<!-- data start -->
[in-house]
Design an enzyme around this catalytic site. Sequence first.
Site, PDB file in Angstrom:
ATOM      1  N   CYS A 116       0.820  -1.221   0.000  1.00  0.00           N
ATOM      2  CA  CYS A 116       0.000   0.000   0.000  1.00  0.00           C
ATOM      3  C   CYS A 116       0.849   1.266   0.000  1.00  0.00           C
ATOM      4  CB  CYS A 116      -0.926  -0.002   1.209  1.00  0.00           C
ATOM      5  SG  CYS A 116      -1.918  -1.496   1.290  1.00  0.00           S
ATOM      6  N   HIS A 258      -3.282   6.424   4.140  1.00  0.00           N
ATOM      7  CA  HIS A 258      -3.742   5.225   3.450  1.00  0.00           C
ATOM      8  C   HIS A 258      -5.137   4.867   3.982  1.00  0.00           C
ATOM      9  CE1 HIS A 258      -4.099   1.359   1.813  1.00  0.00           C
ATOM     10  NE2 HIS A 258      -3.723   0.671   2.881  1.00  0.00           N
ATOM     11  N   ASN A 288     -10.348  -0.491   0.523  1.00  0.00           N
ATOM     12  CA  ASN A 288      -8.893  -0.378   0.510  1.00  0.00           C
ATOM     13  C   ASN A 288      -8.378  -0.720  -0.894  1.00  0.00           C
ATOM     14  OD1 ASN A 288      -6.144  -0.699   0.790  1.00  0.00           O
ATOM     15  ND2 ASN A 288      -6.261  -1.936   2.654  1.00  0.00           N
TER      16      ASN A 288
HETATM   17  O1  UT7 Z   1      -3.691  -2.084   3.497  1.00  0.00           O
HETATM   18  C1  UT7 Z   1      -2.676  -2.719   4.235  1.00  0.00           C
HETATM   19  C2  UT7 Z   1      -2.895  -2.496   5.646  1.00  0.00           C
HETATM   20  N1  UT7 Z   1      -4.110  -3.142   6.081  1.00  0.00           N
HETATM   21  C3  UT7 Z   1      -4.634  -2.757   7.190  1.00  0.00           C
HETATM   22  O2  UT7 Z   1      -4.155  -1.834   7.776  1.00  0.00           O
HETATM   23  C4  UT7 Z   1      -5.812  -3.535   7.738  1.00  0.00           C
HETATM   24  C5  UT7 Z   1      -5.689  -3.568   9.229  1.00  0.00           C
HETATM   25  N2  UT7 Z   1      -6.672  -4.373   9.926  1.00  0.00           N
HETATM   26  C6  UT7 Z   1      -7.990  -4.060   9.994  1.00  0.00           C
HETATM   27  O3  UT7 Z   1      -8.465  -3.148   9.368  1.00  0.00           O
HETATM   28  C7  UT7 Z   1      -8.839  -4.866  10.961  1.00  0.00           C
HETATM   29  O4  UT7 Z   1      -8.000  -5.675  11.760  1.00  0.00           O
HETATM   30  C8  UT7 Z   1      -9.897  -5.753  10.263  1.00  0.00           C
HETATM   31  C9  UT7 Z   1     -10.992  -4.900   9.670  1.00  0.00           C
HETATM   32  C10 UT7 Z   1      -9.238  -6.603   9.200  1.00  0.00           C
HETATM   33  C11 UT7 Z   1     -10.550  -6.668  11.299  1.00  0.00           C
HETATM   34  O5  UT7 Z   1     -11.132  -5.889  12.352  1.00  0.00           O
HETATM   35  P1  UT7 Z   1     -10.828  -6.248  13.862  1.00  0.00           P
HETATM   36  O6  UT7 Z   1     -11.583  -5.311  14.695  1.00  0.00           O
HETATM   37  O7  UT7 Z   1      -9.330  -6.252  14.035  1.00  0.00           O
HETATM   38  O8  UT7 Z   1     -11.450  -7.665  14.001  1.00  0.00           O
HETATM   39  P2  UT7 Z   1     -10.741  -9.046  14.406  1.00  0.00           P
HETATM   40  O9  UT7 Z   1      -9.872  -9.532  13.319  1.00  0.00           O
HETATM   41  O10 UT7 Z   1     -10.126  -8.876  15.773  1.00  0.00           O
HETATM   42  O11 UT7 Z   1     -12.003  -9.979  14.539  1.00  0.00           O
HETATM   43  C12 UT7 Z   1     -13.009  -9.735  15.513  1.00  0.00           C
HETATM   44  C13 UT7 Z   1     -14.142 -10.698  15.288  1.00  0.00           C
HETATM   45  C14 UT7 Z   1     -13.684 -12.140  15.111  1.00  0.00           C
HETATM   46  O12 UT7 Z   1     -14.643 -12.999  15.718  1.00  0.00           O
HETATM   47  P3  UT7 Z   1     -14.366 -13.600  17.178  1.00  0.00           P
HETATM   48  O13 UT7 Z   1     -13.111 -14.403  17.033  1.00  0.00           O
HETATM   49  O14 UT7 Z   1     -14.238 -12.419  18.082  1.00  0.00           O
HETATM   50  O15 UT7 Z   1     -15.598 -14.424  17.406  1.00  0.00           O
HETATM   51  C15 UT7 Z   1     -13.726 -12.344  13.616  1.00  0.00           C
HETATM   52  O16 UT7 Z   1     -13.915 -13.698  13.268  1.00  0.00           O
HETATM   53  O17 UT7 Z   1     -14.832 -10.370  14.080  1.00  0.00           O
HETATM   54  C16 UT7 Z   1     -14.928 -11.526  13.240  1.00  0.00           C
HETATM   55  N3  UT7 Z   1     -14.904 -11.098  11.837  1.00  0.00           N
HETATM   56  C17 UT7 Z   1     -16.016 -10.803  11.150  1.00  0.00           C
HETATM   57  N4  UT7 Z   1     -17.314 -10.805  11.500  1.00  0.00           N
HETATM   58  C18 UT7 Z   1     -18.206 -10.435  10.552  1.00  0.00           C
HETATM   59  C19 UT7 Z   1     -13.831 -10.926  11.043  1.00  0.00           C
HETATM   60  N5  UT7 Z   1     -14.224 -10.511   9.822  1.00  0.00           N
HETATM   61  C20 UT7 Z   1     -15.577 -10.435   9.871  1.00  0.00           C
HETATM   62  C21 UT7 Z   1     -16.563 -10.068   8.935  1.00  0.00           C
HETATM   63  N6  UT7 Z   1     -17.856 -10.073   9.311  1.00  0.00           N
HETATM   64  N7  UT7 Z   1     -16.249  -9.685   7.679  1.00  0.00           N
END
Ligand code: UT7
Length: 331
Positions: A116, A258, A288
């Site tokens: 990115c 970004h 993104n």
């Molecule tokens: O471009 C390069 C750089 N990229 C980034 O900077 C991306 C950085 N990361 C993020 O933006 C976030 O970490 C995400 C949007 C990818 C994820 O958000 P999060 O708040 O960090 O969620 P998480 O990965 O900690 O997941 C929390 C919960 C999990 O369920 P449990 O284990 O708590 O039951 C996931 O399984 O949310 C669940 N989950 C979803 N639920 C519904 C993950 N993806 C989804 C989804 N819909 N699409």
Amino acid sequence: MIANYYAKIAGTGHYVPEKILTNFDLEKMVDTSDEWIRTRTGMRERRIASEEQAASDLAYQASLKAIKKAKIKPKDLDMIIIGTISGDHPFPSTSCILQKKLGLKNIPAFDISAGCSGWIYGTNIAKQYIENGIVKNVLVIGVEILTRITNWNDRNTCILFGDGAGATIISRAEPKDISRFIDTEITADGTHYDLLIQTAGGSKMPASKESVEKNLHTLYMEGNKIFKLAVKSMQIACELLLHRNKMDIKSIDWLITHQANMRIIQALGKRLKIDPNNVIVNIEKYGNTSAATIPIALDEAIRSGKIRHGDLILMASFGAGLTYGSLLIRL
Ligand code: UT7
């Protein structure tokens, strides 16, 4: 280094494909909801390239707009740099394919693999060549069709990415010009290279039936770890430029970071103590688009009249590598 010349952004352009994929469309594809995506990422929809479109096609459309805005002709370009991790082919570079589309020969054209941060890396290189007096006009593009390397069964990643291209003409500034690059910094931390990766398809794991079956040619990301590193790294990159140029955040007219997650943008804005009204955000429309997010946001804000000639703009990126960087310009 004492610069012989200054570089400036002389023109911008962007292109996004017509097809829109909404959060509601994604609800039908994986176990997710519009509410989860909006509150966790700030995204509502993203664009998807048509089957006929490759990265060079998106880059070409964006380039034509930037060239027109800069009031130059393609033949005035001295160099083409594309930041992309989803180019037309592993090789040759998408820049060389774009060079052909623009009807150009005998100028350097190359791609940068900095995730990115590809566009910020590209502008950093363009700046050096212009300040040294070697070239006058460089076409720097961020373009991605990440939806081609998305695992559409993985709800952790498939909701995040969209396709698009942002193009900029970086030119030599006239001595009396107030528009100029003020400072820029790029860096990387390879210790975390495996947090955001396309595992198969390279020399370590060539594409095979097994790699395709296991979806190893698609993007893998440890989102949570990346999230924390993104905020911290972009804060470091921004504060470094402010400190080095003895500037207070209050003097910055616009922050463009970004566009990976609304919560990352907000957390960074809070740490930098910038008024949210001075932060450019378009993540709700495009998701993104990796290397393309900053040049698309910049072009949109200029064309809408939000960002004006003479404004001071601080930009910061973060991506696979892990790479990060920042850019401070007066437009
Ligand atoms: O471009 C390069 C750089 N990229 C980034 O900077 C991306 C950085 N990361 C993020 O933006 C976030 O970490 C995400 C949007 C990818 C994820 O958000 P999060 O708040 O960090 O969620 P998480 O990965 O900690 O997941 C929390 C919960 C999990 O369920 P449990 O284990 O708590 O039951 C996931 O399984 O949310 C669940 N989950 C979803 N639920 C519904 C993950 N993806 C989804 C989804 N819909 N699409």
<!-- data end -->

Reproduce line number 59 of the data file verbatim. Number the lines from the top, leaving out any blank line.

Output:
HETATM   56  C17 UT7 Z   1     -16.016 -10.803  11.150  1.00  0.00           C